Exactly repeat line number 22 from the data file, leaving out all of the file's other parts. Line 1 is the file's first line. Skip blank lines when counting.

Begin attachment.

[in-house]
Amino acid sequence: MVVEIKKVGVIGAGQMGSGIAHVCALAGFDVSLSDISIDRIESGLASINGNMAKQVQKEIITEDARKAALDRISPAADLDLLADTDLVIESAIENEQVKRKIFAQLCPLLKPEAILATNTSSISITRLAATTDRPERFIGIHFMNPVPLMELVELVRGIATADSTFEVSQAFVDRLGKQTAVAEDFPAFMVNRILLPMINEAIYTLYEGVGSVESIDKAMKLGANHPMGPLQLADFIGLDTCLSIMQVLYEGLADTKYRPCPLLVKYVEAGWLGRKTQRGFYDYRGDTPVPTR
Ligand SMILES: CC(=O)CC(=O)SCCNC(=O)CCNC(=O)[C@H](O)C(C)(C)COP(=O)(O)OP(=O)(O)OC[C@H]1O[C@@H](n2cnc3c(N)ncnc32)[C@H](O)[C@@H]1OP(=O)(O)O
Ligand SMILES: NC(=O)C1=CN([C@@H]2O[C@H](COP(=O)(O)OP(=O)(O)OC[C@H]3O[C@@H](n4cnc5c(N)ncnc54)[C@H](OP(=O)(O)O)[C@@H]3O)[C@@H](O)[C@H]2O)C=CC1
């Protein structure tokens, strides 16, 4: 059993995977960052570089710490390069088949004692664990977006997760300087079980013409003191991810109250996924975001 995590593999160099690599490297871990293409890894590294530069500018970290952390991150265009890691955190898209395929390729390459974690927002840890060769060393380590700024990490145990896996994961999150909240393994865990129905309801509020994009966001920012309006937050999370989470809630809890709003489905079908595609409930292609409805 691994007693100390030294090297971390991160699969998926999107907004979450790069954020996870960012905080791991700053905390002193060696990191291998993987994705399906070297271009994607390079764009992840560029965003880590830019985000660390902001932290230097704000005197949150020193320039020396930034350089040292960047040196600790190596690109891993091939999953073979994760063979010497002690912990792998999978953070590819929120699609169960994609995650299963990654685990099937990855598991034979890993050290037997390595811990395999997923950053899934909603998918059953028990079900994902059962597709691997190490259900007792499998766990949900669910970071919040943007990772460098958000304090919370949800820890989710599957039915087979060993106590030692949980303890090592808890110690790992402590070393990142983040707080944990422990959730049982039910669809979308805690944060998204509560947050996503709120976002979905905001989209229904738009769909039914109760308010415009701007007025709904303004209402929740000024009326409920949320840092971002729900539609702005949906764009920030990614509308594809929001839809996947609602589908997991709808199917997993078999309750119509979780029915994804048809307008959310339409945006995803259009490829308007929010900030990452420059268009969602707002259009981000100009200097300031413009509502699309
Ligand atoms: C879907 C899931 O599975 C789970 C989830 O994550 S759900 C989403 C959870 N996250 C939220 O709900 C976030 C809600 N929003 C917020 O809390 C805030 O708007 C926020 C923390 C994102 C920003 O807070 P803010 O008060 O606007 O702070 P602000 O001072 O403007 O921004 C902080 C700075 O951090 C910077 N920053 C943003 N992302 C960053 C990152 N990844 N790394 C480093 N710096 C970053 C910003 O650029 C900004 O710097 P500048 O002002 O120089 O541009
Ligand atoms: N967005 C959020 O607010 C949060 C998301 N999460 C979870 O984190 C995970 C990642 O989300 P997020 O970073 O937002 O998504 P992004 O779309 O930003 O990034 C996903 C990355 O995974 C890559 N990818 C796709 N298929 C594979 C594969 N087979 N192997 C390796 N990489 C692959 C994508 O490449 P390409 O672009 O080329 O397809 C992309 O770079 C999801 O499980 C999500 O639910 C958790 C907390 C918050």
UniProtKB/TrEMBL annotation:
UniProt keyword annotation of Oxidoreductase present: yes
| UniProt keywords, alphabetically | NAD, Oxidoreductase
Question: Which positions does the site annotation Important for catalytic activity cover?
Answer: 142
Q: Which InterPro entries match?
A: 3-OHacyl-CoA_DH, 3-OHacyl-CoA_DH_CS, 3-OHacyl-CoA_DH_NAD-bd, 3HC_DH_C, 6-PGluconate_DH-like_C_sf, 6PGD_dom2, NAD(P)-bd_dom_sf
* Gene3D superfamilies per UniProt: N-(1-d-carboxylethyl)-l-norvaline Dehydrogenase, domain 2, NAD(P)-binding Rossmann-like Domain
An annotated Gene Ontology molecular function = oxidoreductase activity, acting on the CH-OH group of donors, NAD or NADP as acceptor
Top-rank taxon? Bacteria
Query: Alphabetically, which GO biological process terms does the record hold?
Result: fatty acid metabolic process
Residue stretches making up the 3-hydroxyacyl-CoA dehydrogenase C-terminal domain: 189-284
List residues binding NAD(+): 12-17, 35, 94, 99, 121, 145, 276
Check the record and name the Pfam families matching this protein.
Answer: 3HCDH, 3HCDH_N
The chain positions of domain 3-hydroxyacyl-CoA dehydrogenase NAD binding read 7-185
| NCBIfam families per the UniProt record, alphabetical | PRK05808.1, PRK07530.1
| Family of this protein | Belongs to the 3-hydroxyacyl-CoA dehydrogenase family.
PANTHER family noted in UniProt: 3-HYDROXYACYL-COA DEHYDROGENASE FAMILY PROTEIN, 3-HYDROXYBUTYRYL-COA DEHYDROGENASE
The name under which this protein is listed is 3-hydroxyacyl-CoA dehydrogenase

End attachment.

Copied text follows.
Check the record and name the Pfam families matching this protein.